So, to recap; we take short vacations due to very limited time off, which leaves us fewer options on location and a need to cram things in more than we would normally, during peak travel times because it’s more convenient to our employers, who expect us to still be available to them without paying us for that level of importance, which forces us to travel on the cheap.

Maybe it’s not so much that we travel wrong as we do the whole idea of employment wrong?


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Thoughts From Vacation – Cruising For a Career

This will be part of a series of posts over the next week or so about some thoughts I had while on vacation the last couple of weeks. Today, I want to talk about the nature of cruises, and how it made me wish I had some different options when choosing a career.

For the first 45 years of my life, I had somehow never managed to take a cruise anywhere. After my first one, 10 days spent cruising from Spain to Italy and France and back, one thing was very clear to me. It’s different than any other type of travel. Oh sure, it’s different in lots of ways, but the one thing that stood out to me is that the goal of a cruise is different than other types of travel. Typically, you travel to a place, and that place becomes the center point of your stay, and maybe you wander out from that spot, but you don’t typically travel from place to place, because of the logistics involved in getting to and from. With a cruise, obviously, the logistics are taken care of for you, so you are traveling in such a way that you are in a new place nearly every day. That means that you don’t get to spend a lot of time in any one place, but you really get a small sample of many different places, and get to decide which ones you might be interested in going back to for a longer stay. Let me give you an example. We left from Barcelona, but really didn’t get to see much of it, so I would love to go back and see more. I’d love to go back to Tuscany and spend more time, I didn’t get to do everything I would want to in Rome, so I would go back to spend the day at the Vatican, but also know enough to know I don’t want to spend weeks in Rome. I also feel like I saw everything I wanted to on Mallorca, so I’m not in a big hurry to go back there, though I did enjoy it very much.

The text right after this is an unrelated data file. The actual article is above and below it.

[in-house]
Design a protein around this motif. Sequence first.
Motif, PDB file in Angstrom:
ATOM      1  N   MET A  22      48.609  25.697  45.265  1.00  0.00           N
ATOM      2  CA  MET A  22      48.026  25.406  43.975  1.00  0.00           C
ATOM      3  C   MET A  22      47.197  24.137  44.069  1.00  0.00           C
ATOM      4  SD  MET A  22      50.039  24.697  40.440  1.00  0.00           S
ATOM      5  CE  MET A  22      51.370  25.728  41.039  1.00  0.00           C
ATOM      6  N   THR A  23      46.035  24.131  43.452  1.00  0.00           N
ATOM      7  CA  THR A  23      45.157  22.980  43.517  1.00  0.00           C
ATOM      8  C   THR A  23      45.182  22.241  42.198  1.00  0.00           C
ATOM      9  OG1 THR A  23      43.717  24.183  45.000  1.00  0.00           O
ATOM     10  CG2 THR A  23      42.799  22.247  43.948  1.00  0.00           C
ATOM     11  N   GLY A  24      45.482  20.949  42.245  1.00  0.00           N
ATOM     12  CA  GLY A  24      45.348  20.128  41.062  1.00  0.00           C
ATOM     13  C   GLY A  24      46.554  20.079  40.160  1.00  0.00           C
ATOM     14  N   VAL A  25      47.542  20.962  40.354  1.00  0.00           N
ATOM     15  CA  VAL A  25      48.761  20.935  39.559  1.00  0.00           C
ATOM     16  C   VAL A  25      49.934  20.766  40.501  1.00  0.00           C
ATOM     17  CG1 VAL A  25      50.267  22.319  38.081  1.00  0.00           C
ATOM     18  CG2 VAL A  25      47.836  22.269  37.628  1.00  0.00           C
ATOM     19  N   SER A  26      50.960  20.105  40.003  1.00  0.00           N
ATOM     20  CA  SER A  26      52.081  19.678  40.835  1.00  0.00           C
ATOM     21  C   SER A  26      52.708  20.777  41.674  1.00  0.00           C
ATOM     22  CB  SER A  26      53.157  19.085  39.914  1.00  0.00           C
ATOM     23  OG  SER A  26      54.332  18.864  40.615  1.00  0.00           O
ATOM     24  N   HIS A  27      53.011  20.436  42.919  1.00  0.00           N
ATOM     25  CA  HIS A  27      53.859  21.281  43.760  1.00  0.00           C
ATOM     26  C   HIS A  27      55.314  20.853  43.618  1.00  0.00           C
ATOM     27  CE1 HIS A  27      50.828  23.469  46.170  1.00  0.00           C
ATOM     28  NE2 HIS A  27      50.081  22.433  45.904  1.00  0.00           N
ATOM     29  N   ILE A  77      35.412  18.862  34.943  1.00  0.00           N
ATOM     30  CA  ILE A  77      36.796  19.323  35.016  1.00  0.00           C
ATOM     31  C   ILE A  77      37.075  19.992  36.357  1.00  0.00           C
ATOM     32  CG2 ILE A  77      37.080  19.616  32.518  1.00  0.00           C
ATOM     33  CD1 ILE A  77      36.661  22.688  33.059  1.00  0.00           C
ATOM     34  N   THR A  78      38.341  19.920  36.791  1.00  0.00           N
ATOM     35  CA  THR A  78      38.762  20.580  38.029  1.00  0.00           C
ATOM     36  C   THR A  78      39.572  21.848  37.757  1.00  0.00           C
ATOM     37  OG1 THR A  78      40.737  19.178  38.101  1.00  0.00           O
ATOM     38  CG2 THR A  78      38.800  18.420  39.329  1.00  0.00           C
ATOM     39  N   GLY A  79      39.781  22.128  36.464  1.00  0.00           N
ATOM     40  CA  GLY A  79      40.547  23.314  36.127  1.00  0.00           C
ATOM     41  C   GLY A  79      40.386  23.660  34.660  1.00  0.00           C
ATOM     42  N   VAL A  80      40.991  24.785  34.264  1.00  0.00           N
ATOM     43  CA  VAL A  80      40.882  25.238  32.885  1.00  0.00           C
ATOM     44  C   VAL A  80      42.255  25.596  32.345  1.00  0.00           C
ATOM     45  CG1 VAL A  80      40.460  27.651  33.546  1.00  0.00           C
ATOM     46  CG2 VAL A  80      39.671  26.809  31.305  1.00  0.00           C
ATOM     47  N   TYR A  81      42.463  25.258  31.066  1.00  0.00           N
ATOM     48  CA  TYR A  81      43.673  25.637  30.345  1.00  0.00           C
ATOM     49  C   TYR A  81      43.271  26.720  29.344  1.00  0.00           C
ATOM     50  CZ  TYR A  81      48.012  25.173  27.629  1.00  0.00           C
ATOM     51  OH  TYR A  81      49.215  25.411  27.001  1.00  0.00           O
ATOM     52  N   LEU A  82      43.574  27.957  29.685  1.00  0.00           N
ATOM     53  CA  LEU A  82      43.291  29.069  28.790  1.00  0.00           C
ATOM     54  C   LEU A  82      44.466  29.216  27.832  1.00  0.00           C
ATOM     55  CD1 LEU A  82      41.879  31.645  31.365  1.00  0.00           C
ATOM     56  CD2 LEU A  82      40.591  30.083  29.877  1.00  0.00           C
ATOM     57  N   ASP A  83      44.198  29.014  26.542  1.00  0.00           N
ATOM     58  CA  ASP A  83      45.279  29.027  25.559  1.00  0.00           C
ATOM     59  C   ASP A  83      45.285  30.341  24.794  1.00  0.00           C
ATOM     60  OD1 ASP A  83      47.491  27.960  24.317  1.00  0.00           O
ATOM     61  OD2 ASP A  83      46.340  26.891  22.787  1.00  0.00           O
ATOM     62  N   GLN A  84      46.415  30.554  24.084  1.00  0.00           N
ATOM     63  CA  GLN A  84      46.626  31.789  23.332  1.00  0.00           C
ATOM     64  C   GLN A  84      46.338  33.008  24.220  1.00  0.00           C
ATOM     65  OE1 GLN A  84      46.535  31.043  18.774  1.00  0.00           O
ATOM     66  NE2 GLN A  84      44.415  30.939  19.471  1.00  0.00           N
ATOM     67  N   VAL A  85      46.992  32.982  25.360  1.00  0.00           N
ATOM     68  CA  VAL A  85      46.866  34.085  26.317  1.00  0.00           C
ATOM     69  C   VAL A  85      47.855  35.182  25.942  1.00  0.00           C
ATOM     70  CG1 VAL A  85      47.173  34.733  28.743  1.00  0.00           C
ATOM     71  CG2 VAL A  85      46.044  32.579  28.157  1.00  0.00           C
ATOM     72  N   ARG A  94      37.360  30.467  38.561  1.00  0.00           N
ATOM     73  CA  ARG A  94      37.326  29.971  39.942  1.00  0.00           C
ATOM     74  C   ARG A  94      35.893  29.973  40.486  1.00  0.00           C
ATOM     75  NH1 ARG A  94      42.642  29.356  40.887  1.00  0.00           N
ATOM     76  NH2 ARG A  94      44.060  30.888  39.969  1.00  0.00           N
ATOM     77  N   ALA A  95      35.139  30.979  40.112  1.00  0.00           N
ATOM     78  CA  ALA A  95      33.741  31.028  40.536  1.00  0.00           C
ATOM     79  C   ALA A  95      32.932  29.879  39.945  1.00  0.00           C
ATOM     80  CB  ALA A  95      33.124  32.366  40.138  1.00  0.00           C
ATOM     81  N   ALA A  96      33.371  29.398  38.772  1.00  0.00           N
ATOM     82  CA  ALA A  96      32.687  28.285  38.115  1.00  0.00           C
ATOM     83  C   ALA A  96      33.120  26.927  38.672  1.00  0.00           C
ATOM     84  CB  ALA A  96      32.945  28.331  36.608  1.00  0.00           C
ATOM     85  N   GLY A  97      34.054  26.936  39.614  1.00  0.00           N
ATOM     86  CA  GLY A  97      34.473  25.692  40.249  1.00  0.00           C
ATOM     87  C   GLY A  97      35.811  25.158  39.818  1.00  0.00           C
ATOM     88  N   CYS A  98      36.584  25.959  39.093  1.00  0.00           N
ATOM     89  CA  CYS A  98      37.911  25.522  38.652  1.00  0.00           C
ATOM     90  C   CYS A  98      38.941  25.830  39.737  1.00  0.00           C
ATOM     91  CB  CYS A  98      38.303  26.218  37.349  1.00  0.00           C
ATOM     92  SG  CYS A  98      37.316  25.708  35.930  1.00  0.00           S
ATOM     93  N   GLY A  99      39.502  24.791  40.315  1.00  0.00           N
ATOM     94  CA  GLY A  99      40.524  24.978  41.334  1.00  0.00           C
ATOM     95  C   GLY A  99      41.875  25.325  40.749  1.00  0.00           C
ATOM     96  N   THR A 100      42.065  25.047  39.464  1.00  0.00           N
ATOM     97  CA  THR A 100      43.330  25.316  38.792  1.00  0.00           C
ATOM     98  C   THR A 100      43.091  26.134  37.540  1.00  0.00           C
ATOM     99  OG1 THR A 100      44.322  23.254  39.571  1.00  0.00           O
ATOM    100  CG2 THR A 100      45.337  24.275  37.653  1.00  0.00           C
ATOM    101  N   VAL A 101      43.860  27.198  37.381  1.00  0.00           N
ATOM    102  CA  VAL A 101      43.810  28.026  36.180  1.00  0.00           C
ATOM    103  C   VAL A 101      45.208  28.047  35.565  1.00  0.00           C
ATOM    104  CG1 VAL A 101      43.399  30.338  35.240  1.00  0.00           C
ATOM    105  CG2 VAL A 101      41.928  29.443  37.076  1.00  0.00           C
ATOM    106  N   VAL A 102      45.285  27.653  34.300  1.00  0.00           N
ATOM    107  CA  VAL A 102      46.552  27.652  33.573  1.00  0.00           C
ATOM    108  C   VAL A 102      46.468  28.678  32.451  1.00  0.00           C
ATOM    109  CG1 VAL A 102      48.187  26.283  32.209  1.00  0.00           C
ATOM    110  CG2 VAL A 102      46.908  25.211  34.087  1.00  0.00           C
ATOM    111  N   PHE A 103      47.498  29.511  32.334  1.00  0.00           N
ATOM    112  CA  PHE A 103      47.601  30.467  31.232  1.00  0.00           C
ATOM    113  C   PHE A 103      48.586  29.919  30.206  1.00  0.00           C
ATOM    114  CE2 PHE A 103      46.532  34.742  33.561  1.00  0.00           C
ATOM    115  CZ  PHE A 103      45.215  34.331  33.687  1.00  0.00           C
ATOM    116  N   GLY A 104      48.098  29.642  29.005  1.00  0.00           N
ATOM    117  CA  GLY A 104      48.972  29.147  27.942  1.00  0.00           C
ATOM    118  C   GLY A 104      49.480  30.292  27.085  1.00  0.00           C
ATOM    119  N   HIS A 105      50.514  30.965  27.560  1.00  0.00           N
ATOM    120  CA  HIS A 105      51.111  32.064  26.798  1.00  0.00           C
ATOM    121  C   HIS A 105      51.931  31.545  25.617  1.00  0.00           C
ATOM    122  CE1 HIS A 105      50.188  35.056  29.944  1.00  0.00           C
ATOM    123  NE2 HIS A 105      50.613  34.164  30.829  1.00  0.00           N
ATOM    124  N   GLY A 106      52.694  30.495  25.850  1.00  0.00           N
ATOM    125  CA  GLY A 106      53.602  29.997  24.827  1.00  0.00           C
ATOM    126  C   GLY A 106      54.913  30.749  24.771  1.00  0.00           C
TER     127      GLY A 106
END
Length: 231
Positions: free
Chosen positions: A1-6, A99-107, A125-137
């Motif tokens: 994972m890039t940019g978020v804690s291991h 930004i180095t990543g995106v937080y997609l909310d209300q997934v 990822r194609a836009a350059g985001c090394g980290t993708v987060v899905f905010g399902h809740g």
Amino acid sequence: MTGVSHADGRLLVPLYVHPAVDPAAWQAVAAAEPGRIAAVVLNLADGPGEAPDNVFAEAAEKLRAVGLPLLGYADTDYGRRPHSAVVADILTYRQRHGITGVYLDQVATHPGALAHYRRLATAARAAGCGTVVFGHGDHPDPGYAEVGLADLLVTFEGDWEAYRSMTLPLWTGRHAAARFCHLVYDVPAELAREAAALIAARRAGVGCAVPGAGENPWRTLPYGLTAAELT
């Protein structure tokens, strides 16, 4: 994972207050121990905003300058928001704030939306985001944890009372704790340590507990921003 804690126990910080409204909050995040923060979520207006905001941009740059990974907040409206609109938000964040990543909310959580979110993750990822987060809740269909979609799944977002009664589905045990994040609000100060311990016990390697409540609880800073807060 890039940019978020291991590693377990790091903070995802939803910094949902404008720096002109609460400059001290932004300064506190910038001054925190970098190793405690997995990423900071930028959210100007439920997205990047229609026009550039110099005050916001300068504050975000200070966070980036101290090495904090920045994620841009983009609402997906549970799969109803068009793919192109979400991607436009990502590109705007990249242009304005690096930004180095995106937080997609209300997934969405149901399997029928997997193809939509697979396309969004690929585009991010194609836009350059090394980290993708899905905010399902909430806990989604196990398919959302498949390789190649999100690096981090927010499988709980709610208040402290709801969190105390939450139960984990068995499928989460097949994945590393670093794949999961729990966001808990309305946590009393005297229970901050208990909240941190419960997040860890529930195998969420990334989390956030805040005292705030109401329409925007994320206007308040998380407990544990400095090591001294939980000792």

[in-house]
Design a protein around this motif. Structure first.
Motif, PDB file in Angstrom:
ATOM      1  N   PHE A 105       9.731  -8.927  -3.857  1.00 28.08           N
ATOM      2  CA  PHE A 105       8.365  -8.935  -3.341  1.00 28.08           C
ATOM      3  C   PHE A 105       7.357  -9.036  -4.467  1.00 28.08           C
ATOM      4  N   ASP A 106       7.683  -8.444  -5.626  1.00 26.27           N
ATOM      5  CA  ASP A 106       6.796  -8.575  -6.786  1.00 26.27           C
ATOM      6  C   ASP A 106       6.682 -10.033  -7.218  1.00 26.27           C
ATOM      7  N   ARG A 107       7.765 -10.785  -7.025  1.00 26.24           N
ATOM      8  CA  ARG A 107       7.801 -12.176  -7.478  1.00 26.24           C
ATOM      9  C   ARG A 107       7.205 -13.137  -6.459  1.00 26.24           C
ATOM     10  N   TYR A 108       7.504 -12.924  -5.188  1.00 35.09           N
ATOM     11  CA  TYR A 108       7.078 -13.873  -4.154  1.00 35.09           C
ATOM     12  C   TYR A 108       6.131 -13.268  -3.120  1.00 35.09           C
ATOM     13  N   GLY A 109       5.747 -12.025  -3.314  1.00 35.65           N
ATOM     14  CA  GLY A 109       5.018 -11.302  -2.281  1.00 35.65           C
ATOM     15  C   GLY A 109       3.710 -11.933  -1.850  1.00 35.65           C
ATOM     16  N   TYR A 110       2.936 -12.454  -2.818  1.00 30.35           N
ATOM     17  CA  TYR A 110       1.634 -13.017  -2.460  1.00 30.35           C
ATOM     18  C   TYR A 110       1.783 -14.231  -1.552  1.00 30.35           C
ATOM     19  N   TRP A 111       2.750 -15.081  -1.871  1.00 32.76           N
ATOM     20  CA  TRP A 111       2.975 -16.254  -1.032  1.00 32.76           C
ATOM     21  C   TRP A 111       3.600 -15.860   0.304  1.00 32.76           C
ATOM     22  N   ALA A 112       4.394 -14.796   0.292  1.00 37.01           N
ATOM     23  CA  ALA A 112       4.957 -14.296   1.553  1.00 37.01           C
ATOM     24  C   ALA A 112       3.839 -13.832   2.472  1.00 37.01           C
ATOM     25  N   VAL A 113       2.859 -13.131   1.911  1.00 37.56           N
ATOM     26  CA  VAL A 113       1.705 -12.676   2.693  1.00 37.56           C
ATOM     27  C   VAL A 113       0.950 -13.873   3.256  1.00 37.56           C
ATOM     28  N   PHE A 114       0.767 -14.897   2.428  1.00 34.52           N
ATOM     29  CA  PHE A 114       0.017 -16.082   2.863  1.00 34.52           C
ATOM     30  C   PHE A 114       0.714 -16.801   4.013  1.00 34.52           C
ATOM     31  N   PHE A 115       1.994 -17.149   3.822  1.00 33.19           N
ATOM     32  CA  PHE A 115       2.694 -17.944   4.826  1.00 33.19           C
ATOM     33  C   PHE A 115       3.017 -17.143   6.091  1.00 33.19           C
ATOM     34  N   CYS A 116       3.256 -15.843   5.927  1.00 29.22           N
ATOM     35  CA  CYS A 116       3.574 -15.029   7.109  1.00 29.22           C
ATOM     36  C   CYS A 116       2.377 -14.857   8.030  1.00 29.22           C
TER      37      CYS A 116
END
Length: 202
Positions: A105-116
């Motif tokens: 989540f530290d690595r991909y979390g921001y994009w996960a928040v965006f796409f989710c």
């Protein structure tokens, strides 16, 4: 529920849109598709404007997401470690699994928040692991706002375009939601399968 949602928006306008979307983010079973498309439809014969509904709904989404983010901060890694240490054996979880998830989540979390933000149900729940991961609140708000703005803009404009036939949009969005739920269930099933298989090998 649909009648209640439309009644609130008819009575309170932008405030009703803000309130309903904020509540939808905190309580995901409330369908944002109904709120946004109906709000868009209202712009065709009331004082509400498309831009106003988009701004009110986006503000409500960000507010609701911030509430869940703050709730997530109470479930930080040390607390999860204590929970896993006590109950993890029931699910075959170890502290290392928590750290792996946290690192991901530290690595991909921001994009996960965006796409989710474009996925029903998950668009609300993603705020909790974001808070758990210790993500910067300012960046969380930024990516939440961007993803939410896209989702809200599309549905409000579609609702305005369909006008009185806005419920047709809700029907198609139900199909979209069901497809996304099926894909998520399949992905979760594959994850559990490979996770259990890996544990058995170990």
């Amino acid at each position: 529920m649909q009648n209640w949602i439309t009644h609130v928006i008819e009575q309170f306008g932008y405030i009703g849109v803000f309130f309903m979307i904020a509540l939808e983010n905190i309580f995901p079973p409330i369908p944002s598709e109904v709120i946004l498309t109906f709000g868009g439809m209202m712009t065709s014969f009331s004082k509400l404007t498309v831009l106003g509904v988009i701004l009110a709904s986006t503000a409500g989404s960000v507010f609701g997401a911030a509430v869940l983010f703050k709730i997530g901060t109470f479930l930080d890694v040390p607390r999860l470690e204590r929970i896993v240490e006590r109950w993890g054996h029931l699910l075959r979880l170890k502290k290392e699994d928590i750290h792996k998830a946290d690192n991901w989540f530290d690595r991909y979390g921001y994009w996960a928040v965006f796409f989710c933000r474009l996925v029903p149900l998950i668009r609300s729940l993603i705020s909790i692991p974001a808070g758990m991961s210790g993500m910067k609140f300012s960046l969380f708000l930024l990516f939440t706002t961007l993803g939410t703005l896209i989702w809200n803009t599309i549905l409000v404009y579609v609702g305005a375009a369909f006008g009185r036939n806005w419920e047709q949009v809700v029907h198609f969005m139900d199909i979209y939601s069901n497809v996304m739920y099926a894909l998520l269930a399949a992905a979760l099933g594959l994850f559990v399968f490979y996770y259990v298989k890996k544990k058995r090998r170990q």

The more I thought about this, I thought about what a wonderful way this is to sample a variety of places in order to decide where I might want to invest more of my vacation time. How I wish we could treat careers the same way. Let me try out a job for a day or two before deciding whether I want to really do that for a long time, or let me shadow someone in an industry before I spend 4 years of college studying to enter into it. How cool would it be to actually get a small taste of a place, or a career, before investing so much of your future in it?